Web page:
The Elsie & Nora dialogues, 4: The Orange Crate

– When I was a tiny girl I lived in an orange crate with Sputnik the Space Earwig and it told me the secrets of the stars.
– Did you really?
– No.
– Who really lived in the orange crate?
– Laika the Space Dog.
– Really.
– A terrier. But it downloaded Laika’s consciousness.
– Did it?
– No.
The terrier would never come out of the orange crate so one day I crawled in and it was conducting an entire choir of earwigs.
– Was it?
– No.
One day it was snowing and an orange glow came from the crate so I crawled in. The terrier snarled but the earwig welcomed me.
– Did it?
– No.
They had a lovely warm fire going made of the dried bodies of ants and were sipping hot Future Juice.
– No they didn’t and they weren’t.
– No.
I would curl up on a mat of matted curls the earwig had snipped away and listen to their tales of other worlds.
– But did you?
– No, I didn’t.

The Elsie & Nora Dialogues: Doc Moreau Origins Story, Part 2

‘I hear the veteran veterinarian took on a new partner.’

‘You can hear that?’

‘What’s more, this extra vet is a bit of an extrovert.’

‘Ouch.’

*

‘His name is Dr Moreau, but he says to call him “Doc”.’

‘What’s up with that?’

‘His field is cryptozoics – what is that?’

‘It’s a mystery.’

*

‘Dr Wells must be on his last legs now.’

‘Who would’ve thought donkeys’ legs would attach so well to a human frame?’

‘Good old Hunter Gatherer!’

*

‘Did you see his assistant in the pantechnicon – I didn’t know those things were allowed to drive.’

‘Didn’t know they were able to drive…’

*

‘That was more giraffe necks than I’ve seen in – forgive me – a long time.’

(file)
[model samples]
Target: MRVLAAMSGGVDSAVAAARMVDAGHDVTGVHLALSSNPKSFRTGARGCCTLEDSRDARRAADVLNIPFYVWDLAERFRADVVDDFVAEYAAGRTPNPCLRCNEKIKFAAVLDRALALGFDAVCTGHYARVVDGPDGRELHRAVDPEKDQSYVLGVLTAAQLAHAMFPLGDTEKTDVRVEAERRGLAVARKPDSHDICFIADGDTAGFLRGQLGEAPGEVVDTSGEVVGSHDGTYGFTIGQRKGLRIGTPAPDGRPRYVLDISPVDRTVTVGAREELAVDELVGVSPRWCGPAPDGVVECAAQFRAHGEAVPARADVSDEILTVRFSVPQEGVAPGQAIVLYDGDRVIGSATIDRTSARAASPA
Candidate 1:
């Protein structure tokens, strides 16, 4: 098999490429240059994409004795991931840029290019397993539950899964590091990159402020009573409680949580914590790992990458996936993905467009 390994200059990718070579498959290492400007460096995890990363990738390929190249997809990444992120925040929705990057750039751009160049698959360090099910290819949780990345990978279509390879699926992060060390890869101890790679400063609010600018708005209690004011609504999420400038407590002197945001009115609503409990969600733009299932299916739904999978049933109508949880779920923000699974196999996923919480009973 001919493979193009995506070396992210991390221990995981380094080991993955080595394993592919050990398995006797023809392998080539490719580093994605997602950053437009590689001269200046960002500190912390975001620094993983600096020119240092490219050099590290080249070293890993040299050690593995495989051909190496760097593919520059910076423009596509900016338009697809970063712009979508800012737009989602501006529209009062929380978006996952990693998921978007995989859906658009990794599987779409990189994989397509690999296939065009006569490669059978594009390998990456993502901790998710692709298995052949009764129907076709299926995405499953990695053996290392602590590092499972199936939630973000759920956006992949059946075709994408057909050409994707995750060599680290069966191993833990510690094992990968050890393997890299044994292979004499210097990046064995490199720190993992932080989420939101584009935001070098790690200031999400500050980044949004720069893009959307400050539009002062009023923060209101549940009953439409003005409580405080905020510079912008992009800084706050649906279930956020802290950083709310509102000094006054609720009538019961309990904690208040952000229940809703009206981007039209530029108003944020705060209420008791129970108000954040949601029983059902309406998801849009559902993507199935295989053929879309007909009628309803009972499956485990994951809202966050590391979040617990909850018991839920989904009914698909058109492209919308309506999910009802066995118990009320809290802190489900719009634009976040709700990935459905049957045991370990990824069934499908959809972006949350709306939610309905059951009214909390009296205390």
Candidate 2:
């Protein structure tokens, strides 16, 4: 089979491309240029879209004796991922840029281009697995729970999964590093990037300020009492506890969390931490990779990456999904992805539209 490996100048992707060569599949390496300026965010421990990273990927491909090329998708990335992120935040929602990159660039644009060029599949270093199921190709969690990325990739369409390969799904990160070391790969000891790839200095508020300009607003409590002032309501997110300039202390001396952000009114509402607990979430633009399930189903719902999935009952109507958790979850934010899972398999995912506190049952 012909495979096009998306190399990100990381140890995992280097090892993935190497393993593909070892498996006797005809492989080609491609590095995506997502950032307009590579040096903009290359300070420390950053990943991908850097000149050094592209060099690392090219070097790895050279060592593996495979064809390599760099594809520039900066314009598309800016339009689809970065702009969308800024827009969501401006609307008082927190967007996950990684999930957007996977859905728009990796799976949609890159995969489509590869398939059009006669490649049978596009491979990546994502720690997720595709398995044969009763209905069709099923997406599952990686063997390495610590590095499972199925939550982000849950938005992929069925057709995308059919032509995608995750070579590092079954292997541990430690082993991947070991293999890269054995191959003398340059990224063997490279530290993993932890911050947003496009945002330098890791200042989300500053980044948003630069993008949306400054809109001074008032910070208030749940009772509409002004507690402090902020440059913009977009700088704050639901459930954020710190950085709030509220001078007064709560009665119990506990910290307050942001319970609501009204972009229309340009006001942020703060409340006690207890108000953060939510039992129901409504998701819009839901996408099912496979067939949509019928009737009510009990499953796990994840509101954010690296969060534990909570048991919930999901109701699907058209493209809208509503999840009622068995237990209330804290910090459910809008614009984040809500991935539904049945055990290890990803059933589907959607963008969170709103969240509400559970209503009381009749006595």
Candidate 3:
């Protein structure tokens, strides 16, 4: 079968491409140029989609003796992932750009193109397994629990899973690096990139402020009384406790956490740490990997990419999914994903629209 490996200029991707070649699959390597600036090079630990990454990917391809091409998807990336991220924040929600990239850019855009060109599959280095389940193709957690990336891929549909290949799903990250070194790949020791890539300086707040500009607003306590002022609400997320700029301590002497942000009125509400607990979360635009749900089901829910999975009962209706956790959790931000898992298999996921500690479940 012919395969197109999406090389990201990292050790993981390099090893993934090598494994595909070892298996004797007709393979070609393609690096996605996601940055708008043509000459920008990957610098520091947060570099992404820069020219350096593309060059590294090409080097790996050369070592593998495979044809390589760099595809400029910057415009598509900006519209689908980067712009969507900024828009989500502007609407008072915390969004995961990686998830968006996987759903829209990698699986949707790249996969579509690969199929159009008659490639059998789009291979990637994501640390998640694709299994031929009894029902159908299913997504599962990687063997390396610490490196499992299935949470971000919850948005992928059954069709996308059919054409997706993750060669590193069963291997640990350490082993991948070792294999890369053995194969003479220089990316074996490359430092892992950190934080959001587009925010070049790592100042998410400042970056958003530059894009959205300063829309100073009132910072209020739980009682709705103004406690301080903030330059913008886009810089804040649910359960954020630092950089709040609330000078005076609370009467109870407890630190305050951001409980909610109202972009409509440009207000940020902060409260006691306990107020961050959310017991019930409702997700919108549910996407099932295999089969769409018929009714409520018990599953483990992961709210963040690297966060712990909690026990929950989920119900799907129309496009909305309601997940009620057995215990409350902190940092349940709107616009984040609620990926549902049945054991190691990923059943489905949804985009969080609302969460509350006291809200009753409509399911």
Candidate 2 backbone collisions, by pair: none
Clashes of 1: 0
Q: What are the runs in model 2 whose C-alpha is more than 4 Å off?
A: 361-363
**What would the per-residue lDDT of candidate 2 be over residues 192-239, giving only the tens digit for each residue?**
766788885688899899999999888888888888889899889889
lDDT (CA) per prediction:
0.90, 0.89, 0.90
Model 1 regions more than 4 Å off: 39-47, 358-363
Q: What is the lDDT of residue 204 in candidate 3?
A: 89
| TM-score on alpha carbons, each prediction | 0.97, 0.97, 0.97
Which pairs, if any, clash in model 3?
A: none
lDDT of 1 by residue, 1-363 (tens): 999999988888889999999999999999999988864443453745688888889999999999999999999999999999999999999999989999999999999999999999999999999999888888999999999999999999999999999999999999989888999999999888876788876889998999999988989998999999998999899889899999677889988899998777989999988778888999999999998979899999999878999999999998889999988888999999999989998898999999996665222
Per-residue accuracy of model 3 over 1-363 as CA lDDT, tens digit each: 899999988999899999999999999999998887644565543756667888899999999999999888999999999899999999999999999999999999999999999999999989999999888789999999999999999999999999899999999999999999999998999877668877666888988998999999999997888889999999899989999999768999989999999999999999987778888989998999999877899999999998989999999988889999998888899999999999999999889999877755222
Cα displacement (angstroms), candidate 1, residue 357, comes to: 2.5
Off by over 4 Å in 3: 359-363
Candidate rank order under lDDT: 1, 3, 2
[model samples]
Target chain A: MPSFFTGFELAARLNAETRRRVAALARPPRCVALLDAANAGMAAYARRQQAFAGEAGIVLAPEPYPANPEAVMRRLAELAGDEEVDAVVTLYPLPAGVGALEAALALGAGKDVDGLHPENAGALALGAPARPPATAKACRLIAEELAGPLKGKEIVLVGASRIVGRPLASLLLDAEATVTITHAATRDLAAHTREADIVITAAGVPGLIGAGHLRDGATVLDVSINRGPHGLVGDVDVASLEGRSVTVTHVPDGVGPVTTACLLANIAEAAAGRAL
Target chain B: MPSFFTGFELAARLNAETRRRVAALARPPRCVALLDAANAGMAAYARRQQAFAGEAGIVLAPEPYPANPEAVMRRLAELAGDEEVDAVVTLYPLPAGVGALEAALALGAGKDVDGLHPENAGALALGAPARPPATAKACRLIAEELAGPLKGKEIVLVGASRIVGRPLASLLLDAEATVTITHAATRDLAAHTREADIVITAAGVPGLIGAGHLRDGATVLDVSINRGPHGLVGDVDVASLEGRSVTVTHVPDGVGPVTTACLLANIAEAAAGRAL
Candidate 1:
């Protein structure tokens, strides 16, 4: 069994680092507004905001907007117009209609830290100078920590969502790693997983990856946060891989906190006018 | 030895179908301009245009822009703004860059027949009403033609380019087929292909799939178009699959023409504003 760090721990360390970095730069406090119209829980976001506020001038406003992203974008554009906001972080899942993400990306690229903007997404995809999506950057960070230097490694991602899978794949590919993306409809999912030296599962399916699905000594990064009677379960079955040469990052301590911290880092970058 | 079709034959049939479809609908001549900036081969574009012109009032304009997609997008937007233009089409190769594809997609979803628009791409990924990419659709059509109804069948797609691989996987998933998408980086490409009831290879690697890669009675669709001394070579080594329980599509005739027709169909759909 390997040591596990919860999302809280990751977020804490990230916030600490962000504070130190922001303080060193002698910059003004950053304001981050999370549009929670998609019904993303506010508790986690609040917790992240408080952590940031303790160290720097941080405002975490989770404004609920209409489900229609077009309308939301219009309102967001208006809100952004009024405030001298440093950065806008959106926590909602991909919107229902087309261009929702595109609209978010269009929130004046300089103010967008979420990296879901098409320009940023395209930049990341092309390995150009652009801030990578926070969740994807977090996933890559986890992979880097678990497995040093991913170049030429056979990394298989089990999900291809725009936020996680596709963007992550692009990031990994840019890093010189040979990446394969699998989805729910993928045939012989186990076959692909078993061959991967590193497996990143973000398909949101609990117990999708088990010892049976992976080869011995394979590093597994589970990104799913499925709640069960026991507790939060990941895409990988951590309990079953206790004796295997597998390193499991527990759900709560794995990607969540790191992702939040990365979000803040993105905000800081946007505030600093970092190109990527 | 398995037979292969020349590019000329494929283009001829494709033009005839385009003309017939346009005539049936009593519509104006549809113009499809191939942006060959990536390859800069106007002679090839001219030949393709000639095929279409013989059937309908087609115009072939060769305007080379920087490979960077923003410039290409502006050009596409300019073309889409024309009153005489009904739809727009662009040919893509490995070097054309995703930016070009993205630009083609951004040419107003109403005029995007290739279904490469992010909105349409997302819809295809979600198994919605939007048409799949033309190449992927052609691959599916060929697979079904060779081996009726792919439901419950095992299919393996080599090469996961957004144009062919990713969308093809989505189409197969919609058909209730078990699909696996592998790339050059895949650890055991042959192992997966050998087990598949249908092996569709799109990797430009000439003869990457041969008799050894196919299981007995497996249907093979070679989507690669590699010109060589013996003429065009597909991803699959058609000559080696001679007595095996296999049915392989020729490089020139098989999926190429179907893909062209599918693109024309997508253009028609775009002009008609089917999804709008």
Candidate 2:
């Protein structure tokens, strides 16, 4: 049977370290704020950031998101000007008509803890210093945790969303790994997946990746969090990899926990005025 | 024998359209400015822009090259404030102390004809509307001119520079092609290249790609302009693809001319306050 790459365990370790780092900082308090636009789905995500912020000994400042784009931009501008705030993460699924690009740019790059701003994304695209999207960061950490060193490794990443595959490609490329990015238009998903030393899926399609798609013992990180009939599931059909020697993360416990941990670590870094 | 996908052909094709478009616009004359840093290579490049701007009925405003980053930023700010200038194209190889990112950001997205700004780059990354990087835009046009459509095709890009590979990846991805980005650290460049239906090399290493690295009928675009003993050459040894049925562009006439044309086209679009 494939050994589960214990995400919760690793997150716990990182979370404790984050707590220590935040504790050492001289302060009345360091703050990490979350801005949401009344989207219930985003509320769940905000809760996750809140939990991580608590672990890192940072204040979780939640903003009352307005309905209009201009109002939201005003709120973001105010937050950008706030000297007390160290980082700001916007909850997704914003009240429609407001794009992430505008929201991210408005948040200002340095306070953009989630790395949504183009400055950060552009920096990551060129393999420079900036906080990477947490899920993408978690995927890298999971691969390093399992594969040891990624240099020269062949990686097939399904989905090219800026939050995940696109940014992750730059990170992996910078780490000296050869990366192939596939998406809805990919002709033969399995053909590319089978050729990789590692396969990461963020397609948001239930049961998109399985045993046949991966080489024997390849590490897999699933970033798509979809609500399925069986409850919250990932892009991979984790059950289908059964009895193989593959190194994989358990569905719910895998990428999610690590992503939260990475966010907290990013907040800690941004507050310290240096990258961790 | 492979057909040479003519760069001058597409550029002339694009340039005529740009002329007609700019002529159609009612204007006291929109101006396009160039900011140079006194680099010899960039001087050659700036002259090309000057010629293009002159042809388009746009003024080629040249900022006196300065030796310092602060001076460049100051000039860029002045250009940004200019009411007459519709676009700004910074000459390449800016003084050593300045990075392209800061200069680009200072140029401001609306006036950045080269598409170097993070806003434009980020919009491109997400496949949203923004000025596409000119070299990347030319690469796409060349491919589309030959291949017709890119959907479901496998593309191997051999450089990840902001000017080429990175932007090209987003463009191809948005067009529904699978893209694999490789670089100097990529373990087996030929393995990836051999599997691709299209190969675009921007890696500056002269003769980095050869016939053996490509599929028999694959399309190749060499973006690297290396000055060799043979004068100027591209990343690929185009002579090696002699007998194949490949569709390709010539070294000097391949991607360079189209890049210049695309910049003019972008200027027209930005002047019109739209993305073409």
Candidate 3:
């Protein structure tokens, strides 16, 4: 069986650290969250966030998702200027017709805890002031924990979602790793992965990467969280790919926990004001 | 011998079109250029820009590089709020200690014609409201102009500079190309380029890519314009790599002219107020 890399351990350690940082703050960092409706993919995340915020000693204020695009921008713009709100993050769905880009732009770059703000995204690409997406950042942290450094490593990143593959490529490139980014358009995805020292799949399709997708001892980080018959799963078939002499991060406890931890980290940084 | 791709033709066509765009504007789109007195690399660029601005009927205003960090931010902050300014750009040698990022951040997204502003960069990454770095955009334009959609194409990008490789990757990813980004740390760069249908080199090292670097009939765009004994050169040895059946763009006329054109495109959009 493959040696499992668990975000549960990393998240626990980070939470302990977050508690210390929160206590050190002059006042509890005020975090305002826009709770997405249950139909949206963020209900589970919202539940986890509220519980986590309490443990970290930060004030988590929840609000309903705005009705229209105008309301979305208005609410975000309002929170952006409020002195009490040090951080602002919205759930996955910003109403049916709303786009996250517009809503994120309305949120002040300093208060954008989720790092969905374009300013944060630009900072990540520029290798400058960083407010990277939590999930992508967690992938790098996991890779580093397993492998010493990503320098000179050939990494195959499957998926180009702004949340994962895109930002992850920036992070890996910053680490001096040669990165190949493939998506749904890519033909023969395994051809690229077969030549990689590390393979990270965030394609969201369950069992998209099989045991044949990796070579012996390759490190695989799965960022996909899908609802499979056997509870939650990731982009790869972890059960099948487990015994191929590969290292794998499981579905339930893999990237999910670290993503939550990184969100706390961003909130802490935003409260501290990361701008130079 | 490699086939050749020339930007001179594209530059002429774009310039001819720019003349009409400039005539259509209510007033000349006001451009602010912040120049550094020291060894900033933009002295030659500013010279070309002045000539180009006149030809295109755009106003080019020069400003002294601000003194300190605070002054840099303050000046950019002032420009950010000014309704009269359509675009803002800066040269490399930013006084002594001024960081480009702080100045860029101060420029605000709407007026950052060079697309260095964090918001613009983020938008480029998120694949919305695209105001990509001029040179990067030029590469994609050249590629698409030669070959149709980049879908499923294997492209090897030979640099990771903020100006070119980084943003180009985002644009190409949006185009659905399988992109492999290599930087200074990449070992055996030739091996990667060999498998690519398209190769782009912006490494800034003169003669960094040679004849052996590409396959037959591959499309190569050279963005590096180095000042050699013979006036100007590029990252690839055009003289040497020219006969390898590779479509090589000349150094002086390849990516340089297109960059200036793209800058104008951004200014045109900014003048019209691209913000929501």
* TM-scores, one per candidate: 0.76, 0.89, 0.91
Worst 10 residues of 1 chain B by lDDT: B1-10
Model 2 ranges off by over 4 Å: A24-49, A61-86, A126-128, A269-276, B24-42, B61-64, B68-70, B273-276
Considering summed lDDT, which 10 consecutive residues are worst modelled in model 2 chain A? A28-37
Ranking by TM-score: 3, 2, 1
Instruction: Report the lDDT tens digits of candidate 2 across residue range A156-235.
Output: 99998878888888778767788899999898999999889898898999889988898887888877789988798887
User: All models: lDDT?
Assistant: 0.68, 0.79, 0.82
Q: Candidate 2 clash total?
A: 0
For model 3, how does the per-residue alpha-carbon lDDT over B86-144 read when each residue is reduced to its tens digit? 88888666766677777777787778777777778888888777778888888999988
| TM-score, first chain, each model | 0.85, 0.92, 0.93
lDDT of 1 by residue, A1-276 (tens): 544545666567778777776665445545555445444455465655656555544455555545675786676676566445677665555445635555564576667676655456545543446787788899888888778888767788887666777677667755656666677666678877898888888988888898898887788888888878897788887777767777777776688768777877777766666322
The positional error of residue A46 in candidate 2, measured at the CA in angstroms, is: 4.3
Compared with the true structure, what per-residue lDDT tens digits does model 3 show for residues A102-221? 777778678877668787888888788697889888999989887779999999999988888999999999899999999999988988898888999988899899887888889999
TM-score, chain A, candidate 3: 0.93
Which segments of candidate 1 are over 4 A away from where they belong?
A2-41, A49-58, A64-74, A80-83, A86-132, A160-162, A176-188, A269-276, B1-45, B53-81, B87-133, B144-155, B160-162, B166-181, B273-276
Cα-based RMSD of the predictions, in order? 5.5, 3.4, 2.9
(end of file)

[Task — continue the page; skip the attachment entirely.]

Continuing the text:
‘It’s not within my remit to absolve that sort of remark.’

*

‘Tied together in bunches like that, giraffe necks look astonishingly like asparagus, don’t you think?’

‘If I could think, I wouldn’t be here.’

*

‘There’s something reminiscent of the fasces about the way his assistant carries them.’

‘You mean it looks like an animal lictor?’

‘Argh.’

The Elsie & Nora Dialogues, 2: Some Nice Variations

‘I got up this morning. I thought, it’s nice out. So I left it out.’
(Hamlet, Prince of Denmark)

~

“I was in the South of France and thought ‘it’s Nice out’.”

*

“I poked myself in the eye with a biscuit and thought, ‘It’s Nice, ouch!'”

*

“I had a favourite pair of jeans but sadly I’ve worn its knees out.”

*

“I was visiting my sister’s and it was such a nice day she had told her daughter to play in the garden. We’re quite a laconic family, so when I asked, ‘Niece?’ she simply answered, ‘Out.'”

*

“I was a bit hasty clearing and scraping the plates at dinner last night. So much so that my friend exclaimed, ‘Why did you throw my salade niçoise out?'”

*

“I was on holiday on the Isle of Lewis, which has large deposits of metamorphic igneous rock, so, indicating the view from the breakfast bar, I asked my landlady, ‘How are things, geologically speaking?’ and she replied, ‘It’s gneiss out.'”

*

“As you know, I’ve just been cast as Cornwall in King Lear and on the phone my mum asked me what the hardest part of rehearsals is: ‘It’s pokin’ eyes out.'”

~

(This dialogue was a collaboration with the pun-lovin’ criminal and Chimeric field agent, Mugatu Prote. For security reasons we cannot reveal his or her true identity. Or indeed its.)

Elsie and Nora: the dialogues

Elsie

‘Very like a llama…’ – Hamlet ruined clouds for everyone. He is Prince of the Air and travels from thought to thought in his vapour chariot.

Nora

Hamlet glides from battlement to battlement on a tiny Japanese cloud singing softly to himself, ‘I kissed a llama and I liked it…’

Elsie

Hamlet arranges the cloud cover so that the whole of Elsinore is contained within a giant skull looking north through its two eye-sockets.

Nora

After a decade inside the cloud skull, everyone crowds to the battlements each morning to witness the intense blue skies north of Elsinore.

Elsie

Out there, over the sea, Hamlet compresses clouds into ice sculptures – colossal hollow-boned creatures gliding on the distant thermals.

Nora

While the court struggles with SAD, compressed cloud albatrosses swoop, and great white Aeolian harps dive harmoniously into the sea.

Elsie

At night, the mist forms itself into giant letters that loom and retreat, forming and deforming soliloquies everyone attempts to ignore.